You may sometimes find yourself in a situation when you need to share your own computer's Internet connection with another computer that just arrived in your home. For instance, when your sister comes by with her laptop, or a friend comes over with his PC, or it just happens that your father has just bought himself a new computer and would like to have an Internet connection as well. So what do you do considering that you're running Ubuntu on your own PC but unfortunately have no idea how to share the Internet connection?
Well, it's rather simple now that there are graphical front-ends for just about every command you could ever run from a terminal. Take this situation for example, to share the Internet connection with other computers in your local network, you had to run a few commands in a terminal. But now, there's a program called Guidedog that acts as a NAT/masquerading/port-forwarding tool for your desktop environment and which allows you to enable or disable Internet connection sharing with a few clicks.
Before installing Guidedog, make sure your local network is using the following topology:
- You own PC has two network cards, one for the Internet connection and one for the LAN connection to another computer or to a switch connecting several other computers.
- The Internet Ethernet device is set-up with an external IP address, which is reachable from anywhere on the Internet.
- The LAN Ethernet device as well as all other machines on the LAN are using the 192.168.1.x private IP range. Also, make sure that LAN machines have IP 192.168.1.1 set as gateway. (This is the IP address set to your own (Ubuntu) computer's LAN Ethernet device).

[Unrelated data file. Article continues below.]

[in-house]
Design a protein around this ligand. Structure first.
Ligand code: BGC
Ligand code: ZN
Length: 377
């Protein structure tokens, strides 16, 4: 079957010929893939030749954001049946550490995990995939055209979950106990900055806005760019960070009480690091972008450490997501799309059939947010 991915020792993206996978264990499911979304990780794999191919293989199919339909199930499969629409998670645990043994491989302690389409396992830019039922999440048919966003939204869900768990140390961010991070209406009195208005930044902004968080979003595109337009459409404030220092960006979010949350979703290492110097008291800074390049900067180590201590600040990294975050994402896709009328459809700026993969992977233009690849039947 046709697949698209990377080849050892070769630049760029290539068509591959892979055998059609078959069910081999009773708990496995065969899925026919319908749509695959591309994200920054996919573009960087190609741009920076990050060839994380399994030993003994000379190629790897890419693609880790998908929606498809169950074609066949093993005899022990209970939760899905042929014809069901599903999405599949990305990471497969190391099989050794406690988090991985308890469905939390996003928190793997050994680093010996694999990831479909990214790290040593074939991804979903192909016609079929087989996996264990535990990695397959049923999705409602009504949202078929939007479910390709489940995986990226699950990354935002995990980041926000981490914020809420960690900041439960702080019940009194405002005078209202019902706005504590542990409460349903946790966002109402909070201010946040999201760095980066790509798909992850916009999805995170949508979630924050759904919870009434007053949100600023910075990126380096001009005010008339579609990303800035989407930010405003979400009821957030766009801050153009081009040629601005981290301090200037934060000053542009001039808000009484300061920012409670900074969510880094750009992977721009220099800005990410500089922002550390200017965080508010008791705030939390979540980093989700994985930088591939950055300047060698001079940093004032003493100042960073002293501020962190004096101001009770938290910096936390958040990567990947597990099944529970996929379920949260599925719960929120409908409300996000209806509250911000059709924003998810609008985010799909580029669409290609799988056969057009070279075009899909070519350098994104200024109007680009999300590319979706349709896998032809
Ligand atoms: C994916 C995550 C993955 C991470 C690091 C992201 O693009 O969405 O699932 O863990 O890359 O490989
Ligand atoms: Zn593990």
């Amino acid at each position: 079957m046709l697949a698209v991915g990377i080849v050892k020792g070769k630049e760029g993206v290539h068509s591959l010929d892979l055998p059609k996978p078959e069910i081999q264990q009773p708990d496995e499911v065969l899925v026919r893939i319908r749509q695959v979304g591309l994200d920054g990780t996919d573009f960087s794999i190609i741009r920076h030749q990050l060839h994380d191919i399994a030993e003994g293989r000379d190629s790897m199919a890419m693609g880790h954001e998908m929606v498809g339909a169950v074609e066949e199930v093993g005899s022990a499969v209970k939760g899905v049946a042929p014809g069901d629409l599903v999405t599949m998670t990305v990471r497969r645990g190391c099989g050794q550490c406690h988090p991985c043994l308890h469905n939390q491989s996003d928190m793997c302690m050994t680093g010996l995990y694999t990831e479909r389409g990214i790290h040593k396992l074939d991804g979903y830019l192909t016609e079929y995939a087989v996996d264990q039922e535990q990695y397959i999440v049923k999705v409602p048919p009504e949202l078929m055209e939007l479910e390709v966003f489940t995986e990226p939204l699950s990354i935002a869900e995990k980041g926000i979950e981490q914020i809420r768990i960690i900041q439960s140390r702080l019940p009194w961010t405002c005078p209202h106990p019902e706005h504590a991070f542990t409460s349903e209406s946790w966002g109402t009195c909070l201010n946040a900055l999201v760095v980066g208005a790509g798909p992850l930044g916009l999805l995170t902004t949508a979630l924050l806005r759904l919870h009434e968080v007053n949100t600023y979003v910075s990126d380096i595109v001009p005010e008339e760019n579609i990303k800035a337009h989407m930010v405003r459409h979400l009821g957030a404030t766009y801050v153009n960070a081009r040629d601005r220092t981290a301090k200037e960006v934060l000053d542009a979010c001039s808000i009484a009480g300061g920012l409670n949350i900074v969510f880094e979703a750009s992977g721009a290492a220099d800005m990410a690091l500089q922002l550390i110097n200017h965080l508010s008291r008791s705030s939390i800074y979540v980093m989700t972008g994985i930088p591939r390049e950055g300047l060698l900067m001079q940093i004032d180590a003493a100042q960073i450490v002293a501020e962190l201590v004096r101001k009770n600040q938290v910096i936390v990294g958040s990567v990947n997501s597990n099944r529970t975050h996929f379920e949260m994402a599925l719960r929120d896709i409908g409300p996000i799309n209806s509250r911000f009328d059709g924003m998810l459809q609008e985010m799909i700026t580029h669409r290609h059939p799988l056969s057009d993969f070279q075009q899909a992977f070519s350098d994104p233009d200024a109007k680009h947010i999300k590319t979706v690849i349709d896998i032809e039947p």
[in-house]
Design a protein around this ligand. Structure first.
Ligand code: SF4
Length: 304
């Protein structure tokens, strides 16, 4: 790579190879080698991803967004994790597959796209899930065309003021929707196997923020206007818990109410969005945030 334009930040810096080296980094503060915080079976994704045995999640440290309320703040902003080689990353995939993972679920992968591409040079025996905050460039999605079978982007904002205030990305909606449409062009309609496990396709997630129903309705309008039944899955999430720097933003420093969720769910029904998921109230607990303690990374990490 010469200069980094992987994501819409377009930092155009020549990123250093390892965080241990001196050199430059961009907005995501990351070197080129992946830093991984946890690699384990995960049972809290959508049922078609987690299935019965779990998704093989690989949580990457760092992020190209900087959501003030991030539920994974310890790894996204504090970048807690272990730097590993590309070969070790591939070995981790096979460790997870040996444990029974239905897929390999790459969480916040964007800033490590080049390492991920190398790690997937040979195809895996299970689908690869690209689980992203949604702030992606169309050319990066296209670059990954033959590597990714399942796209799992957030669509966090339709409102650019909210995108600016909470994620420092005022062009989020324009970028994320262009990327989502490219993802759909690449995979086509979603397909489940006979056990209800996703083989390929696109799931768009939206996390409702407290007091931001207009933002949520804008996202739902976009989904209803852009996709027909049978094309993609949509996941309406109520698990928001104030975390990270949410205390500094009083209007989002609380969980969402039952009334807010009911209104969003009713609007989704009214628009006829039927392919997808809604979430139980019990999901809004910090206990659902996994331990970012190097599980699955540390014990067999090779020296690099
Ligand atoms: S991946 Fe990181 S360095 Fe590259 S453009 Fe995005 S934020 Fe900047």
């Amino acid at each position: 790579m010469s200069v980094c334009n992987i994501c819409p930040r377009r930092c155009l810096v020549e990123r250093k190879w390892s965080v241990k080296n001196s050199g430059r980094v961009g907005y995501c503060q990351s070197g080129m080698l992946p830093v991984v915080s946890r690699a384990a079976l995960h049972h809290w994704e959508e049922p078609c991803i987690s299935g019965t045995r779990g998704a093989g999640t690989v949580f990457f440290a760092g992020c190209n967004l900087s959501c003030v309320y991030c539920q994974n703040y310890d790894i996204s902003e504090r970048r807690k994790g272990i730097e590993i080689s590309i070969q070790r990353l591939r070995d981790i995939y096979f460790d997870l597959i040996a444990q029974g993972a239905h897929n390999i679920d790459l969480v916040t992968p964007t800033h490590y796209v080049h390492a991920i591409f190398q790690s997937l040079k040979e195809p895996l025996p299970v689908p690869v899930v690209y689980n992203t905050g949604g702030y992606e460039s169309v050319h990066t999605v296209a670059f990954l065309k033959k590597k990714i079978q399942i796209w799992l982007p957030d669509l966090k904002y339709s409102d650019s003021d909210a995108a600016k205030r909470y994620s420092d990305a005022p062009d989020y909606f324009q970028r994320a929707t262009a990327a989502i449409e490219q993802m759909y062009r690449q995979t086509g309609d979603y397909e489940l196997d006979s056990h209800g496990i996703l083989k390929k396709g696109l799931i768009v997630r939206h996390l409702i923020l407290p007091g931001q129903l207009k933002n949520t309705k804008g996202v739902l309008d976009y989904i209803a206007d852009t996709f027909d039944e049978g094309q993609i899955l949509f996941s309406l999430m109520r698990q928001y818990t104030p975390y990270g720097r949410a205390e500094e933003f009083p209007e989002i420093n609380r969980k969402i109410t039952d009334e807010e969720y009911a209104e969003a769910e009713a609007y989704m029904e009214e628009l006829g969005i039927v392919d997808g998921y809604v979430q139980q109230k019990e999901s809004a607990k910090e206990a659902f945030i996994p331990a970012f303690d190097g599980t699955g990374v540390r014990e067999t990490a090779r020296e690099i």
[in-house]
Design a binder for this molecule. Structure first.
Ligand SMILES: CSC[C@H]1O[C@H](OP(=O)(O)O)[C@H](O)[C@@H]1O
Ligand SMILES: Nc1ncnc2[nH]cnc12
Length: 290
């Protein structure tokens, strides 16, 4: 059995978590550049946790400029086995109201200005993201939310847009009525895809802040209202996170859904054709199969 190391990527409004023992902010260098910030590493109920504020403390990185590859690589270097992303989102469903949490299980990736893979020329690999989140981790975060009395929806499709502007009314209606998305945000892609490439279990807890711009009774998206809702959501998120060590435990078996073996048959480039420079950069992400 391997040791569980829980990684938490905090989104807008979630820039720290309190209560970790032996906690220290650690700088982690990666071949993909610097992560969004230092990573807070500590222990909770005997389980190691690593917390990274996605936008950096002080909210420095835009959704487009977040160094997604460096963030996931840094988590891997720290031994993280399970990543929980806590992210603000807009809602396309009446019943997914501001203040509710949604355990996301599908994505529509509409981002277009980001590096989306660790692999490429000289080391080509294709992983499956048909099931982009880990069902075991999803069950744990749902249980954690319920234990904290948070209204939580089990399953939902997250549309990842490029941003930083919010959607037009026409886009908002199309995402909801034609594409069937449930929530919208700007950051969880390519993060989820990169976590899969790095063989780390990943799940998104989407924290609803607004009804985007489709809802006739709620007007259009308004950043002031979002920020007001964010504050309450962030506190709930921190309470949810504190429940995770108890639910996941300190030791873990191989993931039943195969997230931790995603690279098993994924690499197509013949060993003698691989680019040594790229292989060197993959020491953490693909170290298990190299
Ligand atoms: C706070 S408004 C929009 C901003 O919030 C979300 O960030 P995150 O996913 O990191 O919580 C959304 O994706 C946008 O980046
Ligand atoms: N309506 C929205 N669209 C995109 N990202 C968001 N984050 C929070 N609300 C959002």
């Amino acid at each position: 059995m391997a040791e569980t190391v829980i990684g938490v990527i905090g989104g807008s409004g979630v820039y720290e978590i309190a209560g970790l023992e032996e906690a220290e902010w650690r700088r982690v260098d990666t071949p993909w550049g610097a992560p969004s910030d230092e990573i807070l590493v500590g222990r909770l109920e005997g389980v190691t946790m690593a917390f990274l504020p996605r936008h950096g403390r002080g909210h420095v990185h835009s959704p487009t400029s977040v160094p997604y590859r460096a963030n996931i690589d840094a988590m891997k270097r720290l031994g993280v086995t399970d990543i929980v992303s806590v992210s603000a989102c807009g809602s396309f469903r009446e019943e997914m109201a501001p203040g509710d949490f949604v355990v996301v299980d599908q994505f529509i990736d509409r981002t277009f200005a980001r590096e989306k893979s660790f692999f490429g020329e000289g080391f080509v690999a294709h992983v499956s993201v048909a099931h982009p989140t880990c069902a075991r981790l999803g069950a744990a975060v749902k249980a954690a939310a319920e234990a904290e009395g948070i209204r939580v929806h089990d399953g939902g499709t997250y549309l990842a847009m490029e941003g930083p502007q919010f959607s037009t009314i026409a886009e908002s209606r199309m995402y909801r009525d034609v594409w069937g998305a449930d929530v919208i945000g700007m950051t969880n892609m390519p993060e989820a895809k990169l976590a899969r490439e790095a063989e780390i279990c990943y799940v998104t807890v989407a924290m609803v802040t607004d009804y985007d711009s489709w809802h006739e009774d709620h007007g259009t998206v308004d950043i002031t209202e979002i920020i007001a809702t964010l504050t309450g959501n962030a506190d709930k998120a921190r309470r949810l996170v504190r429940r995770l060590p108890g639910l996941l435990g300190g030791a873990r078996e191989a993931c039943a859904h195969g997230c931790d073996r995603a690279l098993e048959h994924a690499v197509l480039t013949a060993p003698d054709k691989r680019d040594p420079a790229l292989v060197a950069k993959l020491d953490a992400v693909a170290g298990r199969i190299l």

To install Guidedog, go to System / Administration and select Synaptic Package Manager:Softpedia,
.Click the Search button, enter guidedog as the search keyword and press Enter.
After closing the information pop-up, you'll see the program's interface, which is divided in three tabs. The first tab concerns routing packets between different machines. To enable Internet connection sharing, you'll need to check the first two boxes, Enable Routing and Enable IP Masquerade. The first check-box controls whether your Ubuntu system will even route packets at all. More exactly, this will set 1 to /proc/sys/net/ipv4/ip_forward. The next check-box will enable IP Masquerade, which will configure your system to automatically detect and masquerade packets coming from a private IP address and destined for a public Internet IP address. Basically, this will enable other computers with private IP addresses to reach the Internet. This check-box will perform the iptables -t nat -A POSTROUTING -o eth0 -j MASQUERADE command. The last two check-boxes are optional and should only be used when some network protocols won't work correctly with IP masquerade. For this reason, these check-boxes enable special support for two of the most common protocols, FTP and IRC. As for the No-masquerade addresses section, you should only add there the IP addresses of computers in your LAN that should be contacted without applying IP masquerade to the packets. Generally, this feature doesn't need to be used in general, but there are situations where it's necessary in connection with VPN or other exotic routing configurations.
Final Note: Guidedog is intended to be used in combination with a separate firewall program (Guarddog for instance) because it has the potential to expose your machine and network to the broader Internet. Also, a firewall program will allow you to ensure that only the right people can access any newly exposed machine and network. It will also open the forwarded ports on the Ubuntu machine (every forwarded port has to have an iptables rule set to allow for both protocols).